Fort Belknap, MT. The Tribal Ranch program in Fort Belknap was originally intended to provide job, entrepreneurial, and life skills to at-risk youth through work experience at the Tribal Ranch. At the request of court staff, it was refocused to serve as a graduated sanction program for youth on probation who are sentenced to community service (generally first offenders). It also serves nonoffender youth who participate on a voluntary basis. Youth receive instruction in, and perform, a variety of ranch chores (a major form of employment/business in this rural setting) and receive informal counseling from SafeFutures staff who operate the program.

everal communities offered multiple delinquency prevention activities, including case management and counseling, in the context of one program.

Several communities offered multiple delinquency prevention activities, including case management and counseling, in the context of one program. This occurred in the three sites using school-based service delivery (Contra Costa County, Imperial County, and St. Louis). These programs provided a variety of activities, such as tutoring/academic assistance, life/leadership skills training, anger management or mediation skills training, recreation, and support groups of various kinds. Some of their activities were provided as afterschool programs. These programs were intended to address the needs of youth and the schools in which the programs were located. Thus, the nature of these programs varied across schools and also varied over time within a school.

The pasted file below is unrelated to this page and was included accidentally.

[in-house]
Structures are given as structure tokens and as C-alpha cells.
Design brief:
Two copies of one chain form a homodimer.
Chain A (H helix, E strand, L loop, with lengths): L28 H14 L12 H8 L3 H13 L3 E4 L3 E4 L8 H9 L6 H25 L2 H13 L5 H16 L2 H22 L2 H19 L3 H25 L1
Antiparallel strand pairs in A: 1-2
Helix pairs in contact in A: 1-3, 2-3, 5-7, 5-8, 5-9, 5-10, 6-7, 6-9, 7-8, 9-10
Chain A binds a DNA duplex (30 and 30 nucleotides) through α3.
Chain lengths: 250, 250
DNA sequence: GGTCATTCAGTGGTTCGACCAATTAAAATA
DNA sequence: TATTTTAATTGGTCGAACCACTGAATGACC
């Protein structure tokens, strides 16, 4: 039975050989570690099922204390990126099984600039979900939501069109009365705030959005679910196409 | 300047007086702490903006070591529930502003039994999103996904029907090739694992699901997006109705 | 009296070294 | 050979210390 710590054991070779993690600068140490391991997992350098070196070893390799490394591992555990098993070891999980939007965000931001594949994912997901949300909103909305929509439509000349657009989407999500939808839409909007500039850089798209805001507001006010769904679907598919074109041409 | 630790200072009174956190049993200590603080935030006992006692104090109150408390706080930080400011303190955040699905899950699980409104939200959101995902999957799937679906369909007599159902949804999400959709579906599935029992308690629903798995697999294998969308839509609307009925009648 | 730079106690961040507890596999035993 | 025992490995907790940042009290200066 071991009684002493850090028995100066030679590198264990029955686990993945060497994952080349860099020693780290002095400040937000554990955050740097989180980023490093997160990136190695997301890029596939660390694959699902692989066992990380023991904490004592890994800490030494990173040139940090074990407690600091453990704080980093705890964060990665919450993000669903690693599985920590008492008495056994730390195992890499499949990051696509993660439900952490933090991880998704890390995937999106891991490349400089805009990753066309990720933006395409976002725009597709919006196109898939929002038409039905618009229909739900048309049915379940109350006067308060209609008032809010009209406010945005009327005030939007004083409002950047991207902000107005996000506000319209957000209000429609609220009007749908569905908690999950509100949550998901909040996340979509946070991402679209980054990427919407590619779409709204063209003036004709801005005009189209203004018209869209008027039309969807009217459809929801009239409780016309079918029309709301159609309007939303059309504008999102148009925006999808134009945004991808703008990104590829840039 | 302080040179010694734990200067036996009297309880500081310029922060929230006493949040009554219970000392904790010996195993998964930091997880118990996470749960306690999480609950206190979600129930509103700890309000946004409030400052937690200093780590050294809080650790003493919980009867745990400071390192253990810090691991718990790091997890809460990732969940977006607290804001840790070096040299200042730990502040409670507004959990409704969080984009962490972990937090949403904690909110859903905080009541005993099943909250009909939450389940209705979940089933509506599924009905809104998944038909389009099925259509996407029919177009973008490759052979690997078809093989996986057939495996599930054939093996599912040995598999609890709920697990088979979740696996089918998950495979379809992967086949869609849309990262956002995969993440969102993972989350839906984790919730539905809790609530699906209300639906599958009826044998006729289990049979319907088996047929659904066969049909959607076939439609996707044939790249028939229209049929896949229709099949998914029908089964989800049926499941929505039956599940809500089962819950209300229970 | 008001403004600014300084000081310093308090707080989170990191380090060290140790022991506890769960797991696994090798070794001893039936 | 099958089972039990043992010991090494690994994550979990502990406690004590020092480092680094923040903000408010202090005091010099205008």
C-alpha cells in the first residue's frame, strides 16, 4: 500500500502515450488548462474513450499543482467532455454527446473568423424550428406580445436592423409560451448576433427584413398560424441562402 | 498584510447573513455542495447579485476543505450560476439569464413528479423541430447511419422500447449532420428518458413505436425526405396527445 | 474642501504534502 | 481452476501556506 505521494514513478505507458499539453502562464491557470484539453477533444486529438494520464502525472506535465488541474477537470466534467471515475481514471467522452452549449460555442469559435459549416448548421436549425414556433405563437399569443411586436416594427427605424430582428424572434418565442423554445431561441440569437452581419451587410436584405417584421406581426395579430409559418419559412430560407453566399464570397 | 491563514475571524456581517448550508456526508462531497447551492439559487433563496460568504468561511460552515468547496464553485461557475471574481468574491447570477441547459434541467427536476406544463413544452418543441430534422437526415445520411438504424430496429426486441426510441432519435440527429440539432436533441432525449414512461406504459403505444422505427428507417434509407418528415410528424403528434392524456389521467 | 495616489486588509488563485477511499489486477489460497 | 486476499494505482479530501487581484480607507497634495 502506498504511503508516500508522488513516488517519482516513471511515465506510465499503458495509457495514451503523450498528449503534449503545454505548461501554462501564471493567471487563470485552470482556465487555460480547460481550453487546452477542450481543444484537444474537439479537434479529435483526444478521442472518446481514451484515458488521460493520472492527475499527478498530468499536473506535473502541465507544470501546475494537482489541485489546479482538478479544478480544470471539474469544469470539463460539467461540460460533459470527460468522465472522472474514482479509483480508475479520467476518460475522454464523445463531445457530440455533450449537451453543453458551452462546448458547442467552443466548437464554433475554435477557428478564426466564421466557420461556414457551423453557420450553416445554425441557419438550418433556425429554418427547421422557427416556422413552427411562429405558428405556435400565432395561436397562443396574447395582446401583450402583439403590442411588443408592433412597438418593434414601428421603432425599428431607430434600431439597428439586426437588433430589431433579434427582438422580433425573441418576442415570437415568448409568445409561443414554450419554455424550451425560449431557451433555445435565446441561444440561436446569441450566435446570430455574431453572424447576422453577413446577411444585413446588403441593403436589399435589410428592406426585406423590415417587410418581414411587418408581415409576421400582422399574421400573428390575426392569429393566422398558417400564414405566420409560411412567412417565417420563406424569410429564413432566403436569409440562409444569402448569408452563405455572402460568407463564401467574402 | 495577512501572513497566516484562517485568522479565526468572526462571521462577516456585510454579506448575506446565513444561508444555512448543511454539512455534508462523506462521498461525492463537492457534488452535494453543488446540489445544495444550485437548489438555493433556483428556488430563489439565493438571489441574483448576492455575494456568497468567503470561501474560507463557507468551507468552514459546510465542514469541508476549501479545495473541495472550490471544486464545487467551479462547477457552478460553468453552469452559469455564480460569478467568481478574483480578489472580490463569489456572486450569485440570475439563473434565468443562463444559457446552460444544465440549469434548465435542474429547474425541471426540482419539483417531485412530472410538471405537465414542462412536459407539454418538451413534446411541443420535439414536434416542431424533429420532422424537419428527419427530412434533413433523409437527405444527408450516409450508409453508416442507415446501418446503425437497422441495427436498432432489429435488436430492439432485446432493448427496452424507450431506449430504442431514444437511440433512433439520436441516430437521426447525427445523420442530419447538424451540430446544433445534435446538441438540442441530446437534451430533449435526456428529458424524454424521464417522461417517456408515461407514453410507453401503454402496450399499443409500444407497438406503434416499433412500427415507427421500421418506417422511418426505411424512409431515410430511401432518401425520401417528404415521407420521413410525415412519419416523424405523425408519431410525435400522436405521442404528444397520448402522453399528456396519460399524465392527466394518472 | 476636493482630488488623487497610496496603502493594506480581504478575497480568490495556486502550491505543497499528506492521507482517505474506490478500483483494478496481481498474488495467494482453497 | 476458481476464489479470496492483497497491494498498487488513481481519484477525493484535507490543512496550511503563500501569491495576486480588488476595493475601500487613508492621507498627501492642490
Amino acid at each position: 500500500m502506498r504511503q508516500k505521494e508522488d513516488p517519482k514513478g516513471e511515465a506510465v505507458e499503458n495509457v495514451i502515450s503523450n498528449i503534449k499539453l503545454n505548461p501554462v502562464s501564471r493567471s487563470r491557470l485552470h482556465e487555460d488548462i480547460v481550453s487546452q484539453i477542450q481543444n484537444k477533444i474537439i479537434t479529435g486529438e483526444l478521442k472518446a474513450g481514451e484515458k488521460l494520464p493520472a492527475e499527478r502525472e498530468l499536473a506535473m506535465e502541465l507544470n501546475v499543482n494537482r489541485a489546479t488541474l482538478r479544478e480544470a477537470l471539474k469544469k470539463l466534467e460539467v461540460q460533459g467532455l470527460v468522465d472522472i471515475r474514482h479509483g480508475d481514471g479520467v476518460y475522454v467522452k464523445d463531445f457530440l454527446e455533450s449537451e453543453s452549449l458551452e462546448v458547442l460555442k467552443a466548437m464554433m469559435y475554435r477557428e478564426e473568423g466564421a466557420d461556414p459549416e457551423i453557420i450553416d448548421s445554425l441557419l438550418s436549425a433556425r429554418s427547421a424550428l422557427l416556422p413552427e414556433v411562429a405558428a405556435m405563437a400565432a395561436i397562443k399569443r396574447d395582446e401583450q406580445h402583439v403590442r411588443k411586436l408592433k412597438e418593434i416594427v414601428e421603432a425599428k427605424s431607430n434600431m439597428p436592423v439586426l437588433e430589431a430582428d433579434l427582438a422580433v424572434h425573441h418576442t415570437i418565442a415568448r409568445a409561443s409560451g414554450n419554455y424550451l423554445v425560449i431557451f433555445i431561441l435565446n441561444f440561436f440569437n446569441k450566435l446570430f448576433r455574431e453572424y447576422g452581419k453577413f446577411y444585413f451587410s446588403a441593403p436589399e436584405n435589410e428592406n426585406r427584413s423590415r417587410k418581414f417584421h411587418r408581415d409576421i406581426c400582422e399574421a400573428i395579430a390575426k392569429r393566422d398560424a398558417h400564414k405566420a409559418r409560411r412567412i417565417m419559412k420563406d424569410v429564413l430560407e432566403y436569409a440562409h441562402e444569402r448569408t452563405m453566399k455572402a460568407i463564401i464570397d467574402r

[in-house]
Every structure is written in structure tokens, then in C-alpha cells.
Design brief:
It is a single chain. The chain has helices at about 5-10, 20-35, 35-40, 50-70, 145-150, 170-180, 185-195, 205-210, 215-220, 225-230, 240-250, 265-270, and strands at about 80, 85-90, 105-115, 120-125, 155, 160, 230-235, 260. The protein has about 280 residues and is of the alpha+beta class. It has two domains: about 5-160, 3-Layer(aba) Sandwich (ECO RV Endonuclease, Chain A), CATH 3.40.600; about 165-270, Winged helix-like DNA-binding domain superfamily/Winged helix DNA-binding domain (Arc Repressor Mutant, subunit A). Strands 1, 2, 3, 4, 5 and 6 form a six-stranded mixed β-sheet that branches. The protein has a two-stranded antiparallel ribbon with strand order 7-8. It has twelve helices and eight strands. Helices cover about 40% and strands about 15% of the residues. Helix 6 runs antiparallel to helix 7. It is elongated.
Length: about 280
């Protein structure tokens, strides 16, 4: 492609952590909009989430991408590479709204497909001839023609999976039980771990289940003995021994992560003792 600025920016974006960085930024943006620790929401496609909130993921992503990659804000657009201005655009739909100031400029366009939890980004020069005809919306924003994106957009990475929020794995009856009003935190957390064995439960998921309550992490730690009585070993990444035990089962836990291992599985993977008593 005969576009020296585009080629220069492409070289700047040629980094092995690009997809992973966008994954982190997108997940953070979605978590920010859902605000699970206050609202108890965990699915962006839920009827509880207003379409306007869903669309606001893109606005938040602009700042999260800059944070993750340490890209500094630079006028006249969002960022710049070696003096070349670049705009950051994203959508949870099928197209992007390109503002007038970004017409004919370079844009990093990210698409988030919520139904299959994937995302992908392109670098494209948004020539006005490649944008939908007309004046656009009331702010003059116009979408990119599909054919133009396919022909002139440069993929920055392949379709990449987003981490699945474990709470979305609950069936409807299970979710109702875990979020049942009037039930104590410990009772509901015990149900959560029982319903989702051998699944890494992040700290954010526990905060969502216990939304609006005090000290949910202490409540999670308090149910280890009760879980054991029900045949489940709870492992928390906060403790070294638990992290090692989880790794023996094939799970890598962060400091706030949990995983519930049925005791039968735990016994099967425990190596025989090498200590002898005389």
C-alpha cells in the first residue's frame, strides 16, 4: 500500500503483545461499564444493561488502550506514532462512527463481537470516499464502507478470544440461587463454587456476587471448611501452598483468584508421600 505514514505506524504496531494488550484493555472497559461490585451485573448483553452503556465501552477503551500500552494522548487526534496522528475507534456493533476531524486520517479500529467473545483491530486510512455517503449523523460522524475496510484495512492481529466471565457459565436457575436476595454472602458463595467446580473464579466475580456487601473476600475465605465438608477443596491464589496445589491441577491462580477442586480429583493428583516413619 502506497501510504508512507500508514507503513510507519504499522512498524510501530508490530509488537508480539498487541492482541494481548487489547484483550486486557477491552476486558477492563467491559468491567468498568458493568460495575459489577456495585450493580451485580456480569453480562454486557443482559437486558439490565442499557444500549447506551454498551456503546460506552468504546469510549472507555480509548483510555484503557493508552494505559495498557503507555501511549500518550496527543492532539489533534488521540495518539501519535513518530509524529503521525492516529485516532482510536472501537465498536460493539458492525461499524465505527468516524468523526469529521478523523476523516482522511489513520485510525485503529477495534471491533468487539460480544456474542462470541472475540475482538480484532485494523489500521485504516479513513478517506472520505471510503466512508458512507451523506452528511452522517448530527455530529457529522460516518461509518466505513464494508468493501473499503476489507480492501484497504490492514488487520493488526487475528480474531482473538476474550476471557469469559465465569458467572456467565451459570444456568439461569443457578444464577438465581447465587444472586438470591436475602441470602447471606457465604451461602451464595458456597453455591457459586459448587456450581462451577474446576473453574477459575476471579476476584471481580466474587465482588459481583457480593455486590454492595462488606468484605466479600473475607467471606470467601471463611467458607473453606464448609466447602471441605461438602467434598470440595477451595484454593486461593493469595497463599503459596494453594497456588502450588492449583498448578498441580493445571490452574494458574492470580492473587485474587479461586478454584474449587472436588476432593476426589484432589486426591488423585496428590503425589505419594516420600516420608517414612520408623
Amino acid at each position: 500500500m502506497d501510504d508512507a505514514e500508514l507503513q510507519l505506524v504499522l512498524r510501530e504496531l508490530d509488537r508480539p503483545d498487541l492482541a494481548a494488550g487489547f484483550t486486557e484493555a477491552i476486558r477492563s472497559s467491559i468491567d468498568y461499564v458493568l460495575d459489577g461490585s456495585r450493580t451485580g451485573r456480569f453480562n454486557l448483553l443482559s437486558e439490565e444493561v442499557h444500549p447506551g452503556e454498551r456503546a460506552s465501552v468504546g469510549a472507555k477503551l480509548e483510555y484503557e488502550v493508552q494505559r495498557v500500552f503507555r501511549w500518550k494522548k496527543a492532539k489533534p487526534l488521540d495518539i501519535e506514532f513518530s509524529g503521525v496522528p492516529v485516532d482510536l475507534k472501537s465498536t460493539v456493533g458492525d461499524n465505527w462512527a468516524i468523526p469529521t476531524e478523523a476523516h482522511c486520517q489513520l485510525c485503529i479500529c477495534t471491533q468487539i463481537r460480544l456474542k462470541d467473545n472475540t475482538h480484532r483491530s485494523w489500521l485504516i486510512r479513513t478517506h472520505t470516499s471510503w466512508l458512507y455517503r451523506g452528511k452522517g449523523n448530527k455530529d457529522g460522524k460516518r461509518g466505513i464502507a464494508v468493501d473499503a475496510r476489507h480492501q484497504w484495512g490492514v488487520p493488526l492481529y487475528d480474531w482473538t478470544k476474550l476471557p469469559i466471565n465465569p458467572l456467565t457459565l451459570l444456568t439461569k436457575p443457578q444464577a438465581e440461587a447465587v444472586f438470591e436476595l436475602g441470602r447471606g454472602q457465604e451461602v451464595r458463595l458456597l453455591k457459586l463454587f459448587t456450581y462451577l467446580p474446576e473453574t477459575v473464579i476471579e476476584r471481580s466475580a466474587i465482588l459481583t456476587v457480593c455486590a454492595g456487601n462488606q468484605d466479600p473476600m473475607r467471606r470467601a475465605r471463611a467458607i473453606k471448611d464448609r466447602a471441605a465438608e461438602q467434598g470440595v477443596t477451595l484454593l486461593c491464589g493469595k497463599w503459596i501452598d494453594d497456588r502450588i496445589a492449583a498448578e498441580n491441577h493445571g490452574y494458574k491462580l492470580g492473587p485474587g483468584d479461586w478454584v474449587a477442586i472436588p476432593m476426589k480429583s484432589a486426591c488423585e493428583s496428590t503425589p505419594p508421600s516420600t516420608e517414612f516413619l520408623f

Some programs focused on developing leadership skills as an alternative to delinquency.

Boston, MA. Boston uses peer leadership in some of its delinquency prevention programming. In one such program, SafeFutures provides funds to train and provide stipends for peer leaders who are assigned to three community centers located in public housing facilities. Although activities vary at each center, the peer leaders perform functions such as helping youth with homework, facilitating workshops, leading “rap sessions,” identifying youth issues, coordinating field trips, and so on. Another peer leadership effort, the Youth Advisory Board (YAB), is used as a mechanism for obtaining youth input to SafeFutures decisionmaking and as a leadership development program. The latter function is intended to encourage youth to serve as peer trainers, public speakers, and ambassadors for youth in the community and to provide informal employment readiness and life skills training. Although YAB was operational during the first year of the initiative, the administering agency was changed in years 2 and 3, and the program has experienced difficulty in retaining active membership in YAB.

As noted previously, delinquency prevention activities were often included in programs supported by other components; some of these are discussed in following sections.


Comprehensive Responses to Youth At Risk:
Interim Findings From the SafeFutures Initiative
OJJDP Summary November 2000